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Tag Archives: ISTE2016

ISTE Ed-Tech Conference Wrap-up: Part 1

Just got back from the ISTE 2016 conference in Denver, and it’s hard to decide what stood out more: The technology, or the practices.

HARDWARE: Being a tech teacher, indeed the tools were mind-blowing. From the simple Digital Storytelling hacks, and wide range ofgaming technologies, to Makerspace ideas such as conductive material, to Virtual Reality, and Robotics. (More on robotics in a later post.) VR seems to have matured since 2014, and mini robots –like the Sphero, here — were practically running over our feet. OK, I actually took the challenge and drove one of these across the floor. They’re practically unbreakable, too!

SOFTWAREThe software definitely made me do a double take, when it came to programming languages, and ‘kits’ to simplify the learning curve. It’s finally come to this: software doesn’t exist in some abstract dimension, but comes coupled with devices that a student could learn to program – and see the effects in real-time. Google and Microsoft appeared to be fighting for attention. If you had the stamina and enough coffee, you could go through an entire day toggling between a Google classroom and that of Microsoft’s. Both have well defined Education divisions. (The former made 5 education product announcements at the conference.)

The sessions I liked most, were the Education Playgrounds. These were informal on-on-one or group sessions. I picked several that combined hardware and software. I met with a few Raspberry pi experts, basically teachers who worked with kits that were built around this mini computer.

I was fascinated by the no-frills entry-level kits (starting at the princely sum of $35 an unit!). Why?

RaspberryPi-tn

First because this hardware was not housed in some beautiful laminated case but was transparent enough or a 3rd grader to understand what a computer was all about. I often need to remind students that ‘computing’ is not some mysterious art form.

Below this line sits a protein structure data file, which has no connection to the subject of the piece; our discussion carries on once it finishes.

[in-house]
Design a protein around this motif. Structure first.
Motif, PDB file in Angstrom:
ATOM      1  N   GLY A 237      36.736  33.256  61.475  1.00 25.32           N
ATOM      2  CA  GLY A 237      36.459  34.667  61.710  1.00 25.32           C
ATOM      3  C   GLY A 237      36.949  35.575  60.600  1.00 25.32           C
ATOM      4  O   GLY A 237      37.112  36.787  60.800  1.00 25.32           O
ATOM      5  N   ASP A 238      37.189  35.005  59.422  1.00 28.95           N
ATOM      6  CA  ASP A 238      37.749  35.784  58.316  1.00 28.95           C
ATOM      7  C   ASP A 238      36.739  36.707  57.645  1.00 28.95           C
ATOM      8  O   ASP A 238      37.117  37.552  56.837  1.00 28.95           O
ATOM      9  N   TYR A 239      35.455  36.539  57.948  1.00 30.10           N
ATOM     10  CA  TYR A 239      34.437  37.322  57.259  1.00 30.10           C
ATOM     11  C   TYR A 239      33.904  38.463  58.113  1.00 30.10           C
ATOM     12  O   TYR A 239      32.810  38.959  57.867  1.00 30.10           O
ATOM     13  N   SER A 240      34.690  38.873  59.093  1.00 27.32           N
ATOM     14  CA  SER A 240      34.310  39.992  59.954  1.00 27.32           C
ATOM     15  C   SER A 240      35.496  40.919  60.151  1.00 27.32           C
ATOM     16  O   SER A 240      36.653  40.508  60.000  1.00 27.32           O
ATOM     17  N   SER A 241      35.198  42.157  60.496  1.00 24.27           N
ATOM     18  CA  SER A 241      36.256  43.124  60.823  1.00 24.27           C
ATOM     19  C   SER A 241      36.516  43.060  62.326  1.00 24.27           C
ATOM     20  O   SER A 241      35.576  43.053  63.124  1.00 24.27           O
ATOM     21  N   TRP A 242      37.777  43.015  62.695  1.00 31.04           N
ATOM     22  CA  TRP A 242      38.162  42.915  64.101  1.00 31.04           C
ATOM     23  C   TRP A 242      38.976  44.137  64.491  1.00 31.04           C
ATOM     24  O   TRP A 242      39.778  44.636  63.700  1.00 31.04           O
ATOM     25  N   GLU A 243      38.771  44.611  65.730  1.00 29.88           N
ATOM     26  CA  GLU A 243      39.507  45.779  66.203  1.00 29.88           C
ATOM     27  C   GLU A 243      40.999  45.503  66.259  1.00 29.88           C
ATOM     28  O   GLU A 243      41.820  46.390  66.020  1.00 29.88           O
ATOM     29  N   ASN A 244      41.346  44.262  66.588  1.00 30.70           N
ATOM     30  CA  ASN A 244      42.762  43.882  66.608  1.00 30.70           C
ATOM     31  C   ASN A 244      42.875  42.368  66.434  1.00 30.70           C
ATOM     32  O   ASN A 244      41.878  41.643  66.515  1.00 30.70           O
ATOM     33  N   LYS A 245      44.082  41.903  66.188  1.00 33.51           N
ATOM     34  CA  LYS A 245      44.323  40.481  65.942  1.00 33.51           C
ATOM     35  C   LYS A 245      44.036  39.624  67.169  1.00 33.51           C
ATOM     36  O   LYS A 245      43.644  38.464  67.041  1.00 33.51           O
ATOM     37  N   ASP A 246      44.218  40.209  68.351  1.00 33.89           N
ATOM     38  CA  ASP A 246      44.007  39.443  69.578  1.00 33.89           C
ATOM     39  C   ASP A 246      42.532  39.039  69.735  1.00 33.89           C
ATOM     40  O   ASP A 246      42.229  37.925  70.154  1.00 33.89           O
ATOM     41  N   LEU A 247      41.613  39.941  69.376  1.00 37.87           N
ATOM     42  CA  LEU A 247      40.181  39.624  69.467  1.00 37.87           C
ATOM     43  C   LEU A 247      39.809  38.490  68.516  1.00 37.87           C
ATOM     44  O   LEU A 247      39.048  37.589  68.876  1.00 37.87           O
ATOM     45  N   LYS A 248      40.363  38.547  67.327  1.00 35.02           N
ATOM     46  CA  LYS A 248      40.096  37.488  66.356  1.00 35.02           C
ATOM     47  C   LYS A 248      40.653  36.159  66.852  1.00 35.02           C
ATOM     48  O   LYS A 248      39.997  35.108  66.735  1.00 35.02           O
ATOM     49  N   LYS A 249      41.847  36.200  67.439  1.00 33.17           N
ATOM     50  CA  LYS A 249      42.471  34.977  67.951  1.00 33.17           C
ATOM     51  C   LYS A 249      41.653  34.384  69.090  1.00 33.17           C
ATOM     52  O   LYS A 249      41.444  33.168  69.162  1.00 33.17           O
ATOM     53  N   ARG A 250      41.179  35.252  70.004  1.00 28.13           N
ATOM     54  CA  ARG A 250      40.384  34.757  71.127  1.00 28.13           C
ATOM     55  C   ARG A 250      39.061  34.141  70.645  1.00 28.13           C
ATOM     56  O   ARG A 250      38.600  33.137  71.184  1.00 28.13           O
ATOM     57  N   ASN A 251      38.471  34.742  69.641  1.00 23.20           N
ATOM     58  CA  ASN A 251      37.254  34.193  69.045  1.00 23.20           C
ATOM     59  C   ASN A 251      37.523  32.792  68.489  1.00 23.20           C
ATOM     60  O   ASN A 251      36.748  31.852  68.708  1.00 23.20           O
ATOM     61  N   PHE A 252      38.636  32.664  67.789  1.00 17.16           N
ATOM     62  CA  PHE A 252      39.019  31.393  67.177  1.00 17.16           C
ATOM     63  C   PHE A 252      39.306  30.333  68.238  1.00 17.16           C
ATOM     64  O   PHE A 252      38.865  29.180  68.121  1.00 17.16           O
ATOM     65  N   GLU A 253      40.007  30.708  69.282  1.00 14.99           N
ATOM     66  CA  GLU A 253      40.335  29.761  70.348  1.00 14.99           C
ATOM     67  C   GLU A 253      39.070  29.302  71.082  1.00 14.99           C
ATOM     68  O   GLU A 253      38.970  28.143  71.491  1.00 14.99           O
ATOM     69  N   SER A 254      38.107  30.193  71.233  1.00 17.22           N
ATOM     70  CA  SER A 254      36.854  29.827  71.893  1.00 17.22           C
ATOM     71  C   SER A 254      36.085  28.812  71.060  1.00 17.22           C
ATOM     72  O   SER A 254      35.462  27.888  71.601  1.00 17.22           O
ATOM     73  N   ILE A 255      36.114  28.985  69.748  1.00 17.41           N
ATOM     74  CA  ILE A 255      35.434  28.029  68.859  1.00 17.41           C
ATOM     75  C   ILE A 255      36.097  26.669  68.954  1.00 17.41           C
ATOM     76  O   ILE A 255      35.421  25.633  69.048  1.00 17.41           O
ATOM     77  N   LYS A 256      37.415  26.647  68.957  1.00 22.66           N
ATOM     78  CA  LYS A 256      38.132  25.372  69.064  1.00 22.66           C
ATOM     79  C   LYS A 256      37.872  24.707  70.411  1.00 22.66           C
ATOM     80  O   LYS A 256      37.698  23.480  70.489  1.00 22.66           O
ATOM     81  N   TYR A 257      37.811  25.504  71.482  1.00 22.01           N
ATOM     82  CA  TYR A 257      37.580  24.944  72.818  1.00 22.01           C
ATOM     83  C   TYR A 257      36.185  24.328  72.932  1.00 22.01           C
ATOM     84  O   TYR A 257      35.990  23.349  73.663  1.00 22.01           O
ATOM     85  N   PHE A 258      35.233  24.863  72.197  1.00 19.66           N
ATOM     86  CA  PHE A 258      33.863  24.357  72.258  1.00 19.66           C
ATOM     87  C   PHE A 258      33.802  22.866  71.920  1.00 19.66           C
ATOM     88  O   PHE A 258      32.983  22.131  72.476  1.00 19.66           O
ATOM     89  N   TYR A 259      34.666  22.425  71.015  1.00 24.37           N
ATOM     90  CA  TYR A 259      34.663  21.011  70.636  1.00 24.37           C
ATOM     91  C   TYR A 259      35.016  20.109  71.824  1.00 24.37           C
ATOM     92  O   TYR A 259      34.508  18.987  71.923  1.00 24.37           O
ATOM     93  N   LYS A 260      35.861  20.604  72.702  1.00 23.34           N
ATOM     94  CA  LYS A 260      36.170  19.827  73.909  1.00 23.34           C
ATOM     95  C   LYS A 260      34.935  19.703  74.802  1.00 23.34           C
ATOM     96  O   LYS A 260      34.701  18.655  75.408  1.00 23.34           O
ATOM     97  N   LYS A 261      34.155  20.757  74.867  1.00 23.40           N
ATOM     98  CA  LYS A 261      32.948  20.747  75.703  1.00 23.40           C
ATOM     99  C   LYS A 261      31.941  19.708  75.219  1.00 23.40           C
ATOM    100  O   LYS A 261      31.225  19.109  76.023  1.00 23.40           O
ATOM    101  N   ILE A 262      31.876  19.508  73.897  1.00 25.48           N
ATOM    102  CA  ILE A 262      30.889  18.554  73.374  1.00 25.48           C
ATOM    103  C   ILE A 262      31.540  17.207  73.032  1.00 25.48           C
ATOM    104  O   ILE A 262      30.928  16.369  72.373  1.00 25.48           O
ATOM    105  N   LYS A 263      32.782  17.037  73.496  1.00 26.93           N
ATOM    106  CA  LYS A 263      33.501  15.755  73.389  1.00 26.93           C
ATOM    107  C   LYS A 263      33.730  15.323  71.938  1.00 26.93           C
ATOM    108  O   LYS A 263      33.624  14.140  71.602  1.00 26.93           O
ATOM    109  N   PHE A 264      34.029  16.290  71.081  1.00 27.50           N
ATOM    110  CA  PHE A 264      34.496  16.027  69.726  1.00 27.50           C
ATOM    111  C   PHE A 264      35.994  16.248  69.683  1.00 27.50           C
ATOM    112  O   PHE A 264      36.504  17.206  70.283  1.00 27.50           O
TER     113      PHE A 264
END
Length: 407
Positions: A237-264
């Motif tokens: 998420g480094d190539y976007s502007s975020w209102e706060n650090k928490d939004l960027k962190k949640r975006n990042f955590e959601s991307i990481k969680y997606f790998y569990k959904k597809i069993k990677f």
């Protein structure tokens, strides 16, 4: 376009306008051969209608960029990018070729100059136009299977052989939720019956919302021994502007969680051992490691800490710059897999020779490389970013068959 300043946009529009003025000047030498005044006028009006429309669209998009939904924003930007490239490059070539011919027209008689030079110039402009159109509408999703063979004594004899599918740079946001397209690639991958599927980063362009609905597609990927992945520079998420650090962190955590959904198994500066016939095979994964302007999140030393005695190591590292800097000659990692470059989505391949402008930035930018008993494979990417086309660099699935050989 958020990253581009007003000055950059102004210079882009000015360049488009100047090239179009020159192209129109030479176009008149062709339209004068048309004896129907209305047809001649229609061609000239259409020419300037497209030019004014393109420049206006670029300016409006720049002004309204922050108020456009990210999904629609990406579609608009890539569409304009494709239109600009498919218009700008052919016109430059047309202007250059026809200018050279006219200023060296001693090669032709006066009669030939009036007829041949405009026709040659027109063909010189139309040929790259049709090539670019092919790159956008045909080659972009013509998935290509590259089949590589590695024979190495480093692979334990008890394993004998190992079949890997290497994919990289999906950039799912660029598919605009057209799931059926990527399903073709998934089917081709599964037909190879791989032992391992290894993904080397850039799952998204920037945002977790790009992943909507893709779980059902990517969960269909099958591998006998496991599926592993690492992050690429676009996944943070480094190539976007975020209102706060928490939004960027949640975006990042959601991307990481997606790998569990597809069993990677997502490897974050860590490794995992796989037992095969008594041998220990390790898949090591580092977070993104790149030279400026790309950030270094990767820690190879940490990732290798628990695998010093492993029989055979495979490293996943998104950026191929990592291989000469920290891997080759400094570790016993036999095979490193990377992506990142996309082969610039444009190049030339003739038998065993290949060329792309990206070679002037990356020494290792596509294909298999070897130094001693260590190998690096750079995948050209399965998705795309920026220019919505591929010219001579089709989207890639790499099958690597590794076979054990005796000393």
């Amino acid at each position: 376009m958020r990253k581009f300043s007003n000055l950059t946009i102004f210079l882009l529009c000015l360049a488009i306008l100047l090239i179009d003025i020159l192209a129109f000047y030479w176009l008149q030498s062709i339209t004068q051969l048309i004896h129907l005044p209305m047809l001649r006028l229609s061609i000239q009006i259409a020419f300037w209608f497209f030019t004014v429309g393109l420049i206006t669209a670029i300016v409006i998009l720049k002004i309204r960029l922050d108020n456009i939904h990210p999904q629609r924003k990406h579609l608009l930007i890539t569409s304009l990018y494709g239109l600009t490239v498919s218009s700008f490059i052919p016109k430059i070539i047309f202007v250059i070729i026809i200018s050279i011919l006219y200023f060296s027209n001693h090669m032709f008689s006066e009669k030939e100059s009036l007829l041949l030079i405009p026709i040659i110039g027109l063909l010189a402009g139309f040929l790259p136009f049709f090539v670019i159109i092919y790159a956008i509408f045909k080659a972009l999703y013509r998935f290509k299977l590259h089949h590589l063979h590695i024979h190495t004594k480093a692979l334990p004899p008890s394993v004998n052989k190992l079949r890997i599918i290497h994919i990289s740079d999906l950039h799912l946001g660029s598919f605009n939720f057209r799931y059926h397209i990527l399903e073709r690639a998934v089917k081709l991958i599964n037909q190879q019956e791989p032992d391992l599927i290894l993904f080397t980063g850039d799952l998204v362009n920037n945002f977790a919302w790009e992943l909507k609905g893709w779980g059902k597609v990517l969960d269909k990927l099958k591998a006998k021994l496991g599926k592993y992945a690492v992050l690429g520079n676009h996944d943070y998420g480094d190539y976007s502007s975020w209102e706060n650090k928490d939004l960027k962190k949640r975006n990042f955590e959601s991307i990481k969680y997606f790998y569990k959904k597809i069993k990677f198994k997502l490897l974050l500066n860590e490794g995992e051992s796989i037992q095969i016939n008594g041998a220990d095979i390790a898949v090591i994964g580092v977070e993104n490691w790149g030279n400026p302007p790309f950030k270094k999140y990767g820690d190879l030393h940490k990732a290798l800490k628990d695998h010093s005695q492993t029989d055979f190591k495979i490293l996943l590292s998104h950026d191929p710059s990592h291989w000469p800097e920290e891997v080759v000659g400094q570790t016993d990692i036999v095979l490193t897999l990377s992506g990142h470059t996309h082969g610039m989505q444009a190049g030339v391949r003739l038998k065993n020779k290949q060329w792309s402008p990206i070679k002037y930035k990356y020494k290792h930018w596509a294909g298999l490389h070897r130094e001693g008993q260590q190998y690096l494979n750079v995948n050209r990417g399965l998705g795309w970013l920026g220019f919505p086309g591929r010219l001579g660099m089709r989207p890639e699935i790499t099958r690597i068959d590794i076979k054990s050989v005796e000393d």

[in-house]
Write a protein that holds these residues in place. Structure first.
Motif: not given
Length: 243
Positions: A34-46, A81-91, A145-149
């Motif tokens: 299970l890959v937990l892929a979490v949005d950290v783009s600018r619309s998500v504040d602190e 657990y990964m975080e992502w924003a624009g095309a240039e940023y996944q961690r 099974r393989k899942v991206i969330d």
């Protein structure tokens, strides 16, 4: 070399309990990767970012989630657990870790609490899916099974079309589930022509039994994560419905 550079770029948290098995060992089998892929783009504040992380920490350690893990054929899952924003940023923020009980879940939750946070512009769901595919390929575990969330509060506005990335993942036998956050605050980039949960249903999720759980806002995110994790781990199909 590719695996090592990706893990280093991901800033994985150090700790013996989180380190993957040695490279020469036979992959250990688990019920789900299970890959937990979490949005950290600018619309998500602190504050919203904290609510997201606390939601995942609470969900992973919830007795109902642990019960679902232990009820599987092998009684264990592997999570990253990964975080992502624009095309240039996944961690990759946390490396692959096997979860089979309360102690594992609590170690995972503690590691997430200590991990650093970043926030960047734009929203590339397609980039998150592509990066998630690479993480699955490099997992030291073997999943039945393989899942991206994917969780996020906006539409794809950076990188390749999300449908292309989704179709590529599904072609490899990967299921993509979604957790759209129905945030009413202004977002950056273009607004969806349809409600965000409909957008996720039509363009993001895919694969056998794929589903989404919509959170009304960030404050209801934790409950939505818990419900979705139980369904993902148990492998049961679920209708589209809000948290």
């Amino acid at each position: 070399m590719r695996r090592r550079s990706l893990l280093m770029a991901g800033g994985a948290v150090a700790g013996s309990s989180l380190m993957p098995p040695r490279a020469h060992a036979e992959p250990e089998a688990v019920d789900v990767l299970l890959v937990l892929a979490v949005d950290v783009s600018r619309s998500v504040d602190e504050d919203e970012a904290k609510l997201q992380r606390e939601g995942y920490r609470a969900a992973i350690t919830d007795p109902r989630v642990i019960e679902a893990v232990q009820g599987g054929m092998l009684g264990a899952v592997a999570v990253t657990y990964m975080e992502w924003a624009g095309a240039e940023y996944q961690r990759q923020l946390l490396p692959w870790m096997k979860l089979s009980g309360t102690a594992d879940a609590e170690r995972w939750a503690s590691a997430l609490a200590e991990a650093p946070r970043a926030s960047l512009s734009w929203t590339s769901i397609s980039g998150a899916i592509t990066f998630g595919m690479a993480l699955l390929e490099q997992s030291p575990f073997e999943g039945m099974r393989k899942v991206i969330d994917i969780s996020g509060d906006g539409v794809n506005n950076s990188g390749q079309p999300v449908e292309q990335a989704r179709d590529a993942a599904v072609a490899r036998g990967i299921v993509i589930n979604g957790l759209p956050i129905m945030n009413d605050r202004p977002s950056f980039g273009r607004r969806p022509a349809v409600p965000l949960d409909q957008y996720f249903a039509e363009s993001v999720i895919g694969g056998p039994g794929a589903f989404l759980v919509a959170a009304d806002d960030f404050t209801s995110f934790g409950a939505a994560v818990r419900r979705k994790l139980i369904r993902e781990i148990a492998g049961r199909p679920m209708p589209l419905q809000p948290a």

Second, computer literacy and digital literacy are joined at the hip today, in the same way that Robotics and the Maker movement can be two sides of the same coin. We need to merge our lesson plans, and get our young Digital Citizens to be Makers, engineers, designers, tinkerers, problem solvers and storytellers to recognize they can each take a piece of this action, and run with it.

FINALLY: I attended a few mind-expanding poster sessions, where the presenters were students. I’ve said it before that no teacher conference would be complete until you have met with students who are after all the reason our schools go to great lengths to send us out to these professional development events. It’s inspiring to see the end product of great teaching, and how underpaid teachers in bootstrapped school districts get students to soar. Many takeaways from these sessions.

 
 

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VoiceThread meets Ted Talks!

I wish I had heard of this earlier – Voicethread‘s answer to TedTalks. Just in time for the ISTE Conference starting Sunday.

https://voicethread.com/app/player/?threadId=7784579

It’s called ThreadTalk. Which is quite a neat play on TedTalk considering how VoiceThread is all about the Thread, more than the voice. They make the point that the quality of the conversation thread is just as important as the presentation.

In other words, it’s not about the fancy slides, but the content.

As the VoiceThread notes, we tend to stop using our voices and replace it with text communication because the Internet was not quote supportive of voice for a long time. It is now, as we know thanks to services such as Google Voice, Viber and other phone apps. But in education, we need to bring back the spoken word and student voices into the mix.

I’m waiting to see what evolves out of ThreadTalk, post ISTE2016.

 

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Attending ISTE 2016? Don’t miss these events

Just a few weeks away from the ISTE 2016 conference in Denver, and it could be daunting keeping up with the information onslaught of sessions, speakers, and trends. The trick is to balance the learning sessions with hands-on activities. Here are two things you shouldn’t miss if you’re attending:

DIGITAL PLAYGROUNDS. ISTE has something called Digital Playgrounds, an area which I plan to frequent a lot, considering how much I was able to take back and implement from the last ITSE conference I attended.There’s a Maker Playground, and a Google For Education session I’m planning to go to, and

POSTER SESSIONS. Sure it’s great to meet one’s peers, and fellow techies. But if you are attending ISTE for the first time don’t miss the poster sessions, where students from many countries will be presenting. In 2014, I learned a lot about robotics from a team in Mexico.

Of course there’s more. Stay tuned via @isteconnects

 
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Posted by on June 16, 2016 in Ed-Tech, Education, Workshops

 

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